For a recent website design of mine, I received some interesting feedback from a blind user. It had never crossed my mind to design websites in a way in which they would make sense if they were read aloud to the user. Blind users likely access your site through a Screen Reader, meaning they hear your website instead of see it.
The more I got to thinking about this, I realized that creating websites with the blind in mind just might help in search engine rankings as well.
Consider the following suggestions that I received from the blind user. Most of these will also assist in your Search Engine Optimization techniques:
- Use Alt text for every image. This is SEO 101, but be descriptive in the alternative text you use for the image. The blind user will hear this text, so describe the image using keywords relevant to your page copy.
- Use a healthy balance of text and images. I know the trend is fewer words and more images, but make sure the point of each page is clearly stated not only visually but also in your text copy.
- Don’t have music auto-load when the user opens up the website. For someone hearing the site read out to them, this interferes and can be difficult to find where to turn the music off.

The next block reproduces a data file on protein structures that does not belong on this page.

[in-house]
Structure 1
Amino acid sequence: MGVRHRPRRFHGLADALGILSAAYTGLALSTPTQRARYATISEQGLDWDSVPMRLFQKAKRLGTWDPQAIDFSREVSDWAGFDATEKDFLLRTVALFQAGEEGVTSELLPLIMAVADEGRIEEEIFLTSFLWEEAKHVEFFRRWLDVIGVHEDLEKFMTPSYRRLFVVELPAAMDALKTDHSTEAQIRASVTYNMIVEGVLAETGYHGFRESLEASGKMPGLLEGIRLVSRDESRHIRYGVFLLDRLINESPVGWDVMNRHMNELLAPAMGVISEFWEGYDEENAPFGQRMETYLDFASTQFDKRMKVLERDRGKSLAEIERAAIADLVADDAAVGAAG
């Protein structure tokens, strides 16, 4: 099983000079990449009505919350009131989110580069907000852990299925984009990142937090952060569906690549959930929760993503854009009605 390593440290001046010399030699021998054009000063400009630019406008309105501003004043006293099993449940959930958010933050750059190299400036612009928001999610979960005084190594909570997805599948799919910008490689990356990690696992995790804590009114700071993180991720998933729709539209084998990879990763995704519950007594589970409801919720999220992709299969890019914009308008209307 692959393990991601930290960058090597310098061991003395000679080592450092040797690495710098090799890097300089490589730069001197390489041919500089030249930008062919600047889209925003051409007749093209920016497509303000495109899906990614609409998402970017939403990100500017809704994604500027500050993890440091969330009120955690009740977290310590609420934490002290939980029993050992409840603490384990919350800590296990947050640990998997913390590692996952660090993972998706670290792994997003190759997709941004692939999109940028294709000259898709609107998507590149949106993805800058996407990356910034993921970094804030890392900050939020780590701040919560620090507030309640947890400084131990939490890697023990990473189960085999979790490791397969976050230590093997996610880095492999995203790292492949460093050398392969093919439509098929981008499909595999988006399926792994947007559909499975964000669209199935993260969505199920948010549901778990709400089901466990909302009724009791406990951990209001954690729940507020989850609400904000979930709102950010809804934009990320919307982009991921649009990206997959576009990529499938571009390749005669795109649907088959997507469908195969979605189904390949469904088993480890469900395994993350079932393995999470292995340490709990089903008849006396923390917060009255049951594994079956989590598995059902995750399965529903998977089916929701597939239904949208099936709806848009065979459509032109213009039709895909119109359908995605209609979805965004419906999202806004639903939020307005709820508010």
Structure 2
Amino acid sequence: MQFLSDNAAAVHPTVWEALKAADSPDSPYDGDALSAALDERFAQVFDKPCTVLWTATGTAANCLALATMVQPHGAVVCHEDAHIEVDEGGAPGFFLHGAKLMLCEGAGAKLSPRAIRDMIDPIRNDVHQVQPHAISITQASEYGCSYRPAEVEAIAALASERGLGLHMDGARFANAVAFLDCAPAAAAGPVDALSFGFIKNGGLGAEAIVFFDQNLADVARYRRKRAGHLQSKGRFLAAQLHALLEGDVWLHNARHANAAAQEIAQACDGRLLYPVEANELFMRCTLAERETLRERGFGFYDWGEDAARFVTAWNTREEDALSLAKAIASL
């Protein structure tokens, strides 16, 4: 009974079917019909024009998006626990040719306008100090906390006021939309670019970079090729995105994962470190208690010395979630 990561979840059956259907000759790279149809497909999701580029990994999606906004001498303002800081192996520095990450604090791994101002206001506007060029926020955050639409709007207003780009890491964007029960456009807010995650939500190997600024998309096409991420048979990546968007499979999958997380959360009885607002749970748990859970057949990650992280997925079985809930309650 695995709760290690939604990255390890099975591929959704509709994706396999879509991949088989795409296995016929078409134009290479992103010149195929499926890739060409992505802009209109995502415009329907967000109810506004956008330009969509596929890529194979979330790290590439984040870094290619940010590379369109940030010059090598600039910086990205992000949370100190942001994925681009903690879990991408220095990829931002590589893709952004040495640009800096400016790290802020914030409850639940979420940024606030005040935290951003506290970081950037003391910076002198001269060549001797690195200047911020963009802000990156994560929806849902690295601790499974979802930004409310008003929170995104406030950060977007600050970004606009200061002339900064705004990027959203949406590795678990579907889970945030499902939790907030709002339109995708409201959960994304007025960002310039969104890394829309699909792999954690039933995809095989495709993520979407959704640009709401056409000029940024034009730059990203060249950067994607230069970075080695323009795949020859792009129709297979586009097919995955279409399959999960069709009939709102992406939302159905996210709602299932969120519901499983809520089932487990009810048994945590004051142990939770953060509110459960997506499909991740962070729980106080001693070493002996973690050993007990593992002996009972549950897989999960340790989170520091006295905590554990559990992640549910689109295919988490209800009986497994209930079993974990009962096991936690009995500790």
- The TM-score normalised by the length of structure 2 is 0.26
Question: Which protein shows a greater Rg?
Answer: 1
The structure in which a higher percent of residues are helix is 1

- Use Alt text for links. I rarely do this, but think about it. If you just post a text link in your page copy without including alternative text, the full link is read aloud, numbers and all, instead of “Link to Atlanta Plumber.”
- Flash cannot be read to a blind person. Flash is read aloud as a button. Google can’t read Flash, iPhones don’t display Flash, and the blind user can’t hear Flash. If you are going to use Flash, don’t place it at the top section of the page. This will be the first thing the blind user hears. If your entire page is Flash, you have completely alienated the blind user.
You can find further information on website design at the links below:
American Foundation for the Blind